Lately, I’ve become sort of branding obsessed; colors, font sizes and types, UI language, they all seem so important to me, I can hardly look at an App these days without pulling on my hairs and scream “God, oh God, why would they use inconsistent, non-brand colors!” Ya, but that’s my problem. Your is another: how to brand the EdgeEffect glow, ah?

TL;DR; Use the gist here.

It is usually pretty easy to change colors, sizes, etc. for widgets which are in your App’s real estate (e.i., not the OS’s chrome: notification bar icons, for example), but, weird as it sounds, Android does not provide any method to change (or brand) the hitting-the-wall feedback glow effect in its widget (ListView, GridView, ScrollView, etc.), and will only use the OS’s color. This even gets weirder, when Android 2.3 has a green edge-effect, while Android 3+ uses a blueish (Holo) color, and KitKat (v4.4) uses a gray glow effect (ironic fact: Android team changed the colors of the chrome in KitKat to a nuetral gray color, so it will not collide with your branding, although, a gray Edge-Effect inside your App’s UI is clearly colliding, IMHO).

The Cause

The EdgeEffect class uses a Drawable resource (an OS’s resource, not yours, hint, hint, Google), which provides the glow effect, this resource is loaded internally by the EdgeEffect class:

And the size of the glow (how much the user over-pulled the list) is calculated during draw(Canvas) call:

There is no way to change the drawable resource (hint one, Google.), or apply a filter on the drawable (hint two, Google.). A shame.

Solution - Hacker style

What can be done? I’m going to hack my way into branding this drawable. I’ll take advantage of the fact that the Drawable instance is shared, and not mutate (which makes sense, right?) and I’ll load that Drawable in my code, and apply a filter on it:

What just happened?

The name of the glow resource has never changed in Android’s history (so far), (line 1) so I’ll get its identification, (line 2) load the Drawable, which is shared instance across my Application, thus the same one EdgeEffect is using, (line 3) and apply a MULTIPLY filter on it, with the brand’s color.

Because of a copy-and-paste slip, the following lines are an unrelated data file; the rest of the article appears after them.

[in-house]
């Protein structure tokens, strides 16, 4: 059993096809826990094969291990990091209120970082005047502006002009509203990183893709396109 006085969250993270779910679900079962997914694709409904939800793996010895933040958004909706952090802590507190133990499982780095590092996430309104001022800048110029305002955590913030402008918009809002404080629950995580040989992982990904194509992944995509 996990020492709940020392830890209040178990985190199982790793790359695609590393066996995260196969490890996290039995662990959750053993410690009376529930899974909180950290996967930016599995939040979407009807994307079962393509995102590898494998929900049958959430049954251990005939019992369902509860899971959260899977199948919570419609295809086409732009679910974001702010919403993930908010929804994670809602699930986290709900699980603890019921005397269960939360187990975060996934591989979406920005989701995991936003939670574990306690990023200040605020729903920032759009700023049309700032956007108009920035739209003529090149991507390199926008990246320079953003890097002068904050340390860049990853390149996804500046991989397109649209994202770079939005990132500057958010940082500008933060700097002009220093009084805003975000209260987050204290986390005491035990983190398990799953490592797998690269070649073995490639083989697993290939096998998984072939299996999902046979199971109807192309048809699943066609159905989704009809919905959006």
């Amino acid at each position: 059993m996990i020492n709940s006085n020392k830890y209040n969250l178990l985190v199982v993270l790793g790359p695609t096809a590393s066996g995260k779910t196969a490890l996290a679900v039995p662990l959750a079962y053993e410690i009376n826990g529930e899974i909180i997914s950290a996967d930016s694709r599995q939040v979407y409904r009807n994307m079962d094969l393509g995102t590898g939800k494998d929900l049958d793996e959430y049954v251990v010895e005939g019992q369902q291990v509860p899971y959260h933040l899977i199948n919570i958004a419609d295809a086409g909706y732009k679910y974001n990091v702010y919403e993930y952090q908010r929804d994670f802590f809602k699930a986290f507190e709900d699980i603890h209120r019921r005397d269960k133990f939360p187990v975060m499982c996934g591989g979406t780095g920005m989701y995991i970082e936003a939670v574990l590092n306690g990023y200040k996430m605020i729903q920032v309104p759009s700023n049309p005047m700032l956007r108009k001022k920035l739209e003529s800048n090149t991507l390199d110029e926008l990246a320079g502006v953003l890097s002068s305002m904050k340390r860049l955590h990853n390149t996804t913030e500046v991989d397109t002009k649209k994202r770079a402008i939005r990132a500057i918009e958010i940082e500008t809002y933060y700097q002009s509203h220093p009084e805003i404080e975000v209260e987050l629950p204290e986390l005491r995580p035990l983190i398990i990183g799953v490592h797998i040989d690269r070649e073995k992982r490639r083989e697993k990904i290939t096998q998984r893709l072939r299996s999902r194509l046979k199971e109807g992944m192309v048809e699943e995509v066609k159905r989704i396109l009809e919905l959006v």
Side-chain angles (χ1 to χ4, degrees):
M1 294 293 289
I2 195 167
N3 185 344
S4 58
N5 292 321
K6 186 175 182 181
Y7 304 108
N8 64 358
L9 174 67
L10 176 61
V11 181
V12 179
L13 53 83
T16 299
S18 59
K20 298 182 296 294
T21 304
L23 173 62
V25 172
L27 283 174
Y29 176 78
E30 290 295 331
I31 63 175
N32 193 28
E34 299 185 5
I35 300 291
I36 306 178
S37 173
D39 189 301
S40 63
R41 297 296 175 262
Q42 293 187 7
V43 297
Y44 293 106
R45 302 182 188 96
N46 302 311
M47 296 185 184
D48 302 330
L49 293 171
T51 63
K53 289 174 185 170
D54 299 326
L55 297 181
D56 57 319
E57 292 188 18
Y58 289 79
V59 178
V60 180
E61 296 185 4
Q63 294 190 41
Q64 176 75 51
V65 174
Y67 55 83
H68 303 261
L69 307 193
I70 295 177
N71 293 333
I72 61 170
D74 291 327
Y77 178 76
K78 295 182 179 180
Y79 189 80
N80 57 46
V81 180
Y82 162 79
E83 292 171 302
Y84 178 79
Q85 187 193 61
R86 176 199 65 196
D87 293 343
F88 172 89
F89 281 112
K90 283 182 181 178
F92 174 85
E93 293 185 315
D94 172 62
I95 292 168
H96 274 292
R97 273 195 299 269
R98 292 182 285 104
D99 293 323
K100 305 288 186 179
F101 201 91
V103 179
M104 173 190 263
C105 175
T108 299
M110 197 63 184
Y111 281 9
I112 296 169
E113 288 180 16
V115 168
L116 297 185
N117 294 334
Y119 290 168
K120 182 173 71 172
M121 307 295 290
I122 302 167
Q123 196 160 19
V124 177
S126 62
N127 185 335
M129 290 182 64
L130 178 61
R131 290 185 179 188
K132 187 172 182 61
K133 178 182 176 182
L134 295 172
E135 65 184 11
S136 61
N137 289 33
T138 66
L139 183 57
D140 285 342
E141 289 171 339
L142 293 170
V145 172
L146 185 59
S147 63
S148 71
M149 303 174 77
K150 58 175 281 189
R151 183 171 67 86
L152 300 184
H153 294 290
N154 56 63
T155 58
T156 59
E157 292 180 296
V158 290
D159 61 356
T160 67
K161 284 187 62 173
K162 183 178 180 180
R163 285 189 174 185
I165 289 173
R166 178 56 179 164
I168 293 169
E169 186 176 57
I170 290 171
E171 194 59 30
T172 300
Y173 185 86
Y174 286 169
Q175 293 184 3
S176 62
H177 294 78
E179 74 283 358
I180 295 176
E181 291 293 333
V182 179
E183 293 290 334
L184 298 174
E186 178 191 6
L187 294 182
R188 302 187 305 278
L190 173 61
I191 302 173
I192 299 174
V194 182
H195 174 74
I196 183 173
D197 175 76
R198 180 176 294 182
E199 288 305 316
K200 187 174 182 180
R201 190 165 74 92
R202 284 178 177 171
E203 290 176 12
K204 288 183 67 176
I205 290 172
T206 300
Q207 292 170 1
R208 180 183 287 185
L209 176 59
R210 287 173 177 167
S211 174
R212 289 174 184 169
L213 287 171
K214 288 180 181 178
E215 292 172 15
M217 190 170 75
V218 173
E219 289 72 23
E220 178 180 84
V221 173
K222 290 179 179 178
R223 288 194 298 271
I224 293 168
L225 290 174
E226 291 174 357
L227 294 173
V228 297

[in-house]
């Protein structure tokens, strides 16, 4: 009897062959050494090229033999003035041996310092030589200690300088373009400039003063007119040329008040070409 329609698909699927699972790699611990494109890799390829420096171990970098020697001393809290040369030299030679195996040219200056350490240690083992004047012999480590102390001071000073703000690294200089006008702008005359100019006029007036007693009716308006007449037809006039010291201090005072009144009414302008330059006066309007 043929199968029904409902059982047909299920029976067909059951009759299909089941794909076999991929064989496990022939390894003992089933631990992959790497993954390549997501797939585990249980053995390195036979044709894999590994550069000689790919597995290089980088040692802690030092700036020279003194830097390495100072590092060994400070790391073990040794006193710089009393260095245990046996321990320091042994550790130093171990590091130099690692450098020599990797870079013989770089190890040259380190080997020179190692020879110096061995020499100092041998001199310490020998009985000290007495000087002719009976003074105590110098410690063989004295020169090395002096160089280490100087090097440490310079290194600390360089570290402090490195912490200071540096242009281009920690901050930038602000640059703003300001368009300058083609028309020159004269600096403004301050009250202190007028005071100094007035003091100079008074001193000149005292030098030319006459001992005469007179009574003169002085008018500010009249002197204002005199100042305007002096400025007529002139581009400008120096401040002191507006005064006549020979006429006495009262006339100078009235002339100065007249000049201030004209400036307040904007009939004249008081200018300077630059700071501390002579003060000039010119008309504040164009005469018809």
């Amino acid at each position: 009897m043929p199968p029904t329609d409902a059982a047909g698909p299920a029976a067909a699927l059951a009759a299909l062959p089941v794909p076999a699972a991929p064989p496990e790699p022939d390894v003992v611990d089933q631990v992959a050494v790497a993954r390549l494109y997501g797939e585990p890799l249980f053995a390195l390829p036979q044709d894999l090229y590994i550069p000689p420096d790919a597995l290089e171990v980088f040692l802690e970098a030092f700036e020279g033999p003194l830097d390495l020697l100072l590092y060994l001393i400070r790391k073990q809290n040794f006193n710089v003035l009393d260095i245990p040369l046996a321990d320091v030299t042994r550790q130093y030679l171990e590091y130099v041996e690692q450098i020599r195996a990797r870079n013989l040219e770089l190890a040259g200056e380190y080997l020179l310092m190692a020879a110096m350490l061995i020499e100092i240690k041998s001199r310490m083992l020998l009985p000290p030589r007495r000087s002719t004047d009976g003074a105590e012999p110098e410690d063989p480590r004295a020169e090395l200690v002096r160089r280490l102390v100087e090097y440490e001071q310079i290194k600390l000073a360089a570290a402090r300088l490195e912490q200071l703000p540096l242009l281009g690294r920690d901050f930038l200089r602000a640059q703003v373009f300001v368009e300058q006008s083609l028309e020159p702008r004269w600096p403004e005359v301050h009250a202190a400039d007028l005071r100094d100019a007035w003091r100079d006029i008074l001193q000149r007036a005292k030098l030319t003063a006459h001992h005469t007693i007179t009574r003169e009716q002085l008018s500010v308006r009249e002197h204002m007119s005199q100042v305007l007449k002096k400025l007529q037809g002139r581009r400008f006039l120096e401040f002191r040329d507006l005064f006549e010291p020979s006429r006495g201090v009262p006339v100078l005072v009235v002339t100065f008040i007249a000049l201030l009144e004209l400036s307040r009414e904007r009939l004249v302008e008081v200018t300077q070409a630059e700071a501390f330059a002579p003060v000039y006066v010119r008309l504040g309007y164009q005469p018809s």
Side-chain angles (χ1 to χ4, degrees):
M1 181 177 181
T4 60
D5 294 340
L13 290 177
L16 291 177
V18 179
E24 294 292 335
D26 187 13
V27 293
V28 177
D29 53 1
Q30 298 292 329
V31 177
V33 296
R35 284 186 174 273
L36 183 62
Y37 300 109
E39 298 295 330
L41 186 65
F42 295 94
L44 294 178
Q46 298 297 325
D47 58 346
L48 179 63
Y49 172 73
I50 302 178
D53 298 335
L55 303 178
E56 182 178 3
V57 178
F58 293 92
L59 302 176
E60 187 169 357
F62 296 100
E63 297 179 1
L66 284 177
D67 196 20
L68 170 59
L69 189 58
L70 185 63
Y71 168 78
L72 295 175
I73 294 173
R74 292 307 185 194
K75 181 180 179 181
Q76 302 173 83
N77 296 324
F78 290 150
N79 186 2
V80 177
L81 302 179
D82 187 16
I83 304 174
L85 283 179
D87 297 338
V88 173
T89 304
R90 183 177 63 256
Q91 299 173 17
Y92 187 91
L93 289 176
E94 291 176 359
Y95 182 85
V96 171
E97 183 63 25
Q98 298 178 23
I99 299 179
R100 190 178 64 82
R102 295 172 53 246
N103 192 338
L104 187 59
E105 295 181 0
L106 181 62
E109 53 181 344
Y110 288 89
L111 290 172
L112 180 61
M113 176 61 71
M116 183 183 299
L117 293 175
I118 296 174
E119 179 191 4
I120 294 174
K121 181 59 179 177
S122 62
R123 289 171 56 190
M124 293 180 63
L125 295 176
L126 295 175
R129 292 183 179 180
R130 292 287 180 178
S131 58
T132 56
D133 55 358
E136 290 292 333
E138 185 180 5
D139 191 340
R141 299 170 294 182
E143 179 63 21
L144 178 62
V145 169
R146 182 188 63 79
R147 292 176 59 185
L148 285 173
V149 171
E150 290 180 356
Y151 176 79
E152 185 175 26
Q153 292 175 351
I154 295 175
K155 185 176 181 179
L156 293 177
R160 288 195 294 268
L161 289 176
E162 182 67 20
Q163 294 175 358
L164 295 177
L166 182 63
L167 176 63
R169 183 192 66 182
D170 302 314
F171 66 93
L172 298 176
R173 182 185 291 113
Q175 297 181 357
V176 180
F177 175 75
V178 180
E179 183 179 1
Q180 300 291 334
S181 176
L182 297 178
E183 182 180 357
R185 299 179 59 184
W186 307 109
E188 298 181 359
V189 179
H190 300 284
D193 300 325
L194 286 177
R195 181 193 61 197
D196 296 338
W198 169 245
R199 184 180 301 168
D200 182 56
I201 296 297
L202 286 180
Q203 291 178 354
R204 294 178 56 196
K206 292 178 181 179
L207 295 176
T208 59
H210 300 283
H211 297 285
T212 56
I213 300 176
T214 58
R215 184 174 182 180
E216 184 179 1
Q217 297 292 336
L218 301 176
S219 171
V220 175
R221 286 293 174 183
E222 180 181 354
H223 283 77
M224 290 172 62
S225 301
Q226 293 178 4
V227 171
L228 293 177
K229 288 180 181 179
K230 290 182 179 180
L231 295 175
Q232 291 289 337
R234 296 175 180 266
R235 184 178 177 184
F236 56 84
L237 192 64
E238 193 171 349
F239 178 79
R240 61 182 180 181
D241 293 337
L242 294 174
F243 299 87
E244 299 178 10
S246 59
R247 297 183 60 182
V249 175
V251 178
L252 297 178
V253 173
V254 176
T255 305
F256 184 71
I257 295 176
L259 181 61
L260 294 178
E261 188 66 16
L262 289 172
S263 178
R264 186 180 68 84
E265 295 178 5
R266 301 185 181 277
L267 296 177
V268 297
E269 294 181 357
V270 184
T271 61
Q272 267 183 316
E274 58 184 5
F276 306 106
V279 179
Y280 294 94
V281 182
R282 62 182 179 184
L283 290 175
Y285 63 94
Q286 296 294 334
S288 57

What about the overscroll_edge resource

The edge-effect is broken to two drawables: the glow (overscroll_glow), and the edge (overscroll_edge). This method allows the EdgeEffect class to stretch just the glow, and keep the edge crisp. To brand the edge (you’ll probably want to do that too), use this revised method, which brand both the glow and the edge:


  • Android may decide to change the name of the resource, in which case you’ll need to change the call to getIdentifier
  • The shared instance may be unloaded from memory, so remember to call the brandGlowEffect after each creation of EdgeEffect (after creation of ListView, GridView, ScrollView, or your own instance of EdgeEffect), best place will be in the Activity’s onCreate, right after setting the layout.
  • I’ll emphasis the first point (since this is the core of the hack, and it’s a reflection kind of solution, thus dangerous): make sure this method works on the target Android version you had in mind. I take no responsibility!

Branding - The Technical Challenge

An App should be useful, easy to use, effective, beautiful, stable. It should also be unique, and represent its creator. This is where Branding comes in - a way to express and show yourself in the App UI: colors, Type-face and font sizes, language, behavior, icons and graphics, etc.

I’ll try to post more about this subject, but not from a marketing, design, or decision (reason) standpoint. Instead I’ll show you how, technically, to brand your App. E.g., in this post I’ve shown how to change the color of Android’s build-in Edge-Effect, you can use this method to change the glow color to your brand’s main (or secondary) color! What ever that color maybe (which is a design decision).

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